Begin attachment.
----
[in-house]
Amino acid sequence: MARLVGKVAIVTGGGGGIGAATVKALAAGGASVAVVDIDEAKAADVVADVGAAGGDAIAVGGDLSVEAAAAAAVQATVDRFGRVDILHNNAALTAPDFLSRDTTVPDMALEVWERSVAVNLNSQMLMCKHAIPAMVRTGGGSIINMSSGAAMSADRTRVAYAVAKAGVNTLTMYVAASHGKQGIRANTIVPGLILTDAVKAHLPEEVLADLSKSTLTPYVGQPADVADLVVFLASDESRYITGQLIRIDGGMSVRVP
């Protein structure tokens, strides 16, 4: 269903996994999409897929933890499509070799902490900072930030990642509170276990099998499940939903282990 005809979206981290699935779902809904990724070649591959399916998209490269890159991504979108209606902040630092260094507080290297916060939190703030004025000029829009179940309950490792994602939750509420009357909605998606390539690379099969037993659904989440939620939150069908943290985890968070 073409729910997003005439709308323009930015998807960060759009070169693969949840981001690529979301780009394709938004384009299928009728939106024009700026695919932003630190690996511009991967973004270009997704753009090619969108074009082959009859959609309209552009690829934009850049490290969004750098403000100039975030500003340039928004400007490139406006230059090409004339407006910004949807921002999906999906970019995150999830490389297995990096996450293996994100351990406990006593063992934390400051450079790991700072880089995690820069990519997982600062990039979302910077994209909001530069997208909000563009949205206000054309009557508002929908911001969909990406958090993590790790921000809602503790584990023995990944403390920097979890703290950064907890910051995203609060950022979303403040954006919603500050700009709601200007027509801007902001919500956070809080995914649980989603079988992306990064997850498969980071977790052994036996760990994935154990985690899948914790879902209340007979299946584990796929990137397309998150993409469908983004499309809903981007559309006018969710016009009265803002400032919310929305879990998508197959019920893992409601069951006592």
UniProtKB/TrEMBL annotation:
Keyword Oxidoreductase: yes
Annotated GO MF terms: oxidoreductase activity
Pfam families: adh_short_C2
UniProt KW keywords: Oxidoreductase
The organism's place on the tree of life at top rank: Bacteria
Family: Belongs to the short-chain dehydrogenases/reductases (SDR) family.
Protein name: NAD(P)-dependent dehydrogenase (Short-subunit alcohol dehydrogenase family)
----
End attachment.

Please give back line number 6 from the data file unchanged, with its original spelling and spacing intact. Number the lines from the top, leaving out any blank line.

Annotated GO MF terms: oxidoreductase activity